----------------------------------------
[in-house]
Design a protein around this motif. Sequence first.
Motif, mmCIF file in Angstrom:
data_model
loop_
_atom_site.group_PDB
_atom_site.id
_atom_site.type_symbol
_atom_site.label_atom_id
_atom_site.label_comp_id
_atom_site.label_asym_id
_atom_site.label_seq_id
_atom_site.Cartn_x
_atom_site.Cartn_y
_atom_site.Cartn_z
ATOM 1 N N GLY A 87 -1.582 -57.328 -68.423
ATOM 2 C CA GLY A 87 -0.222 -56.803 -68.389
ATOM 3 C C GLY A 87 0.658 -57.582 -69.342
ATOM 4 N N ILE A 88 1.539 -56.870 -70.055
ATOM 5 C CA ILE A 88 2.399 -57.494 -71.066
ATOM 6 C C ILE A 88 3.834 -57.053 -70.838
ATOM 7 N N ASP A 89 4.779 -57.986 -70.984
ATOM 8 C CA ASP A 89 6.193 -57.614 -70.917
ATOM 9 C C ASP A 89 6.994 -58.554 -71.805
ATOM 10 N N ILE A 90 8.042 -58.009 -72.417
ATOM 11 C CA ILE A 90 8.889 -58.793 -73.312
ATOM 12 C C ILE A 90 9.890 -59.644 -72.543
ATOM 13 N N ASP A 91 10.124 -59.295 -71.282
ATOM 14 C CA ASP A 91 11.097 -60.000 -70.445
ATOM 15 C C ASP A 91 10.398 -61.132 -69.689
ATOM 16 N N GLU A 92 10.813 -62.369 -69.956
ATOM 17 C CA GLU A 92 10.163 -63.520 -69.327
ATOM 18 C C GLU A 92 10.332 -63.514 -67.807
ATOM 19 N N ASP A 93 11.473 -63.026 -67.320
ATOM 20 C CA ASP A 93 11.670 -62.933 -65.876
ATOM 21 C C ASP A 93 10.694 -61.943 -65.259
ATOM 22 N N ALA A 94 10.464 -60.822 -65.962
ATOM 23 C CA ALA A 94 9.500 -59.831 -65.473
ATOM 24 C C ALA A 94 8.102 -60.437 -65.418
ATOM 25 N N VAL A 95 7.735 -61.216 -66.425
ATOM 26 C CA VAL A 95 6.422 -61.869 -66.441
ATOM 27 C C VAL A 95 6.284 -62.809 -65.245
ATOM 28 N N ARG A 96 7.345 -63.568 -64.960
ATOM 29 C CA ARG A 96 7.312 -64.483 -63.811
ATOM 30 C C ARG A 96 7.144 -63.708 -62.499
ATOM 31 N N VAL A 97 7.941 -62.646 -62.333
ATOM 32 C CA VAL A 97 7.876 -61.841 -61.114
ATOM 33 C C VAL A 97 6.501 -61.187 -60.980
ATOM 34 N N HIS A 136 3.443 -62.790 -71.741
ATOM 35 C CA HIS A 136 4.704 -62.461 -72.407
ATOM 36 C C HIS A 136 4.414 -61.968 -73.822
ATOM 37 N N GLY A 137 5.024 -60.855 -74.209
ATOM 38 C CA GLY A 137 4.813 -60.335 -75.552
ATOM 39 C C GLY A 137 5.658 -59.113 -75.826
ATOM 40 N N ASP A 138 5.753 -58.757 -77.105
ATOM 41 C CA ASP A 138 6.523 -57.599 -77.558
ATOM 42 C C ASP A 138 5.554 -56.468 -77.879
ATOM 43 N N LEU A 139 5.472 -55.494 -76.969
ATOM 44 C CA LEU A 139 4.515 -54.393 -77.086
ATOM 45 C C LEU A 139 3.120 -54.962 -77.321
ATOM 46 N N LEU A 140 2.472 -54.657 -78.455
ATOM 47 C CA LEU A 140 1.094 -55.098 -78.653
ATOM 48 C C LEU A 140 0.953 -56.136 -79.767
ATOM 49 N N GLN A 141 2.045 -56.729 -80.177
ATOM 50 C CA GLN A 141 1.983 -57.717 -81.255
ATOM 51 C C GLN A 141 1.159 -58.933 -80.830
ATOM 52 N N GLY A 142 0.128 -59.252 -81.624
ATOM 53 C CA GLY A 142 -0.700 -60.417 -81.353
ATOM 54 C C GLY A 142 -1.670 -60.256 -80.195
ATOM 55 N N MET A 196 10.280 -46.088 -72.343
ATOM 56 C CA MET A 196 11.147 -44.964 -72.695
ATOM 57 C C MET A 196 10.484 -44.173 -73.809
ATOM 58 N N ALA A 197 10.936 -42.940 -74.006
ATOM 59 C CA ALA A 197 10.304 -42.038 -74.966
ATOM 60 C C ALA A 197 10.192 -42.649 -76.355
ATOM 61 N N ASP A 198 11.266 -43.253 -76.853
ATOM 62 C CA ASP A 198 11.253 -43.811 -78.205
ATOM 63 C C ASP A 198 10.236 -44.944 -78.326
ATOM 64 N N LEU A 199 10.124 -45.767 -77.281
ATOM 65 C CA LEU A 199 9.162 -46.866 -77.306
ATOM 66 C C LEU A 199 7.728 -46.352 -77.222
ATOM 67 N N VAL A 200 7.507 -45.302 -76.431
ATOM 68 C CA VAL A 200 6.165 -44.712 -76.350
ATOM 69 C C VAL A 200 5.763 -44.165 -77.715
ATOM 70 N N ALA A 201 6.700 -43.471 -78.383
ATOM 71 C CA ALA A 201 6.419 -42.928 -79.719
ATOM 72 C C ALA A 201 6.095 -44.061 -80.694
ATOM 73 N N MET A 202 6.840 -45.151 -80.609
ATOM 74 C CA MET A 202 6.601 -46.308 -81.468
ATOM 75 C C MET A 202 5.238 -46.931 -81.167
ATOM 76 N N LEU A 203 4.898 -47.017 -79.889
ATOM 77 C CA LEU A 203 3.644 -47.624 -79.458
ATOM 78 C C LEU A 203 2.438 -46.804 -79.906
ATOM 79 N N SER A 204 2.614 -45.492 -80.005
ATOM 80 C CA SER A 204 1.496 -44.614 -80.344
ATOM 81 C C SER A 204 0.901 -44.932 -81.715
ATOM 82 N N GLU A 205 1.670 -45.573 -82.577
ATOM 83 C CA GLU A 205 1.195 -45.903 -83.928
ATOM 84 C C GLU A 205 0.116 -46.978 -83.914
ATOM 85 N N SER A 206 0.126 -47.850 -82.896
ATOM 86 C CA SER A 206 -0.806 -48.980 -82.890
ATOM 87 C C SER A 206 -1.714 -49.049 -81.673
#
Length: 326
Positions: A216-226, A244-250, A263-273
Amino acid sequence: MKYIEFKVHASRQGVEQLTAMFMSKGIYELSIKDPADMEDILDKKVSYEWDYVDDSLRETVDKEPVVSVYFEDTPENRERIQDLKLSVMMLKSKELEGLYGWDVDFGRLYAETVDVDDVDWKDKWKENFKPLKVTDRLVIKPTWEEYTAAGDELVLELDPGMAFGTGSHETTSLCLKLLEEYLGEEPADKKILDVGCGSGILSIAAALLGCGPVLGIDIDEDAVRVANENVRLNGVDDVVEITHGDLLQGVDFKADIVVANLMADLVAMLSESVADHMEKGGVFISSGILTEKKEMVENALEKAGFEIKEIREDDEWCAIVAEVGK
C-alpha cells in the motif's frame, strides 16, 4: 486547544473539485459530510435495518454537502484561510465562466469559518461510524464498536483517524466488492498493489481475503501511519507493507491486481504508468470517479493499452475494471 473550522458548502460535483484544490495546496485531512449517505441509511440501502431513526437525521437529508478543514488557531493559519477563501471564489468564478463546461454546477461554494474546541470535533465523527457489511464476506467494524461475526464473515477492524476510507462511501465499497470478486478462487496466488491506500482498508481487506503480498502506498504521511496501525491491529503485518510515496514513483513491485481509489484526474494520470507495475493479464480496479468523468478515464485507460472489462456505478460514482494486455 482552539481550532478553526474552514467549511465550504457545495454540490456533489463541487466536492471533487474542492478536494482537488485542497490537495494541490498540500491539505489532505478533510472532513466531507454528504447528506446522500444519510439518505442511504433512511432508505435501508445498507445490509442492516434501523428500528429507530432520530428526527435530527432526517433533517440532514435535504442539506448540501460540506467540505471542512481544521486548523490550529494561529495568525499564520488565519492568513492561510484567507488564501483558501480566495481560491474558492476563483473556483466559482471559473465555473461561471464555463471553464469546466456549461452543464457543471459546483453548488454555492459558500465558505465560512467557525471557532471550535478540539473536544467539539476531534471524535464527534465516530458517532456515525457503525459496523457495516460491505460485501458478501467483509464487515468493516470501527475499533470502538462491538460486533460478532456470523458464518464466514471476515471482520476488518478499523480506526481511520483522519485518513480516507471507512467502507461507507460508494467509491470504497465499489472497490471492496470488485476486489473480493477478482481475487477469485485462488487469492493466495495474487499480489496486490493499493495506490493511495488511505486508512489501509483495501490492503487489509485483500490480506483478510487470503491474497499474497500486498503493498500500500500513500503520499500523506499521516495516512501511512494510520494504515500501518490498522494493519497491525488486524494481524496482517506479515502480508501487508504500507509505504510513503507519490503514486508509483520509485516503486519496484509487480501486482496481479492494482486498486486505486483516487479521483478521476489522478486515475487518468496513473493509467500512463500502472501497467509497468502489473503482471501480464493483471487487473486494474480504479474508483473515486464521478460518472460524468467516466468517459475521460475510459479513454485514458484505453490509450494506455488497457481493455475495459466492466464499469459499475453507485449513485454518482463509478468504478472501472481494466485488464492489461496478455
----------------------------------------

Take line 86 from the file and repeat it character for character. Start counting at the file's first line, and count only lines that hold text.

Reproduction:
ATOM 71 C CA ALA A 201 6.419 -42.928 -79.719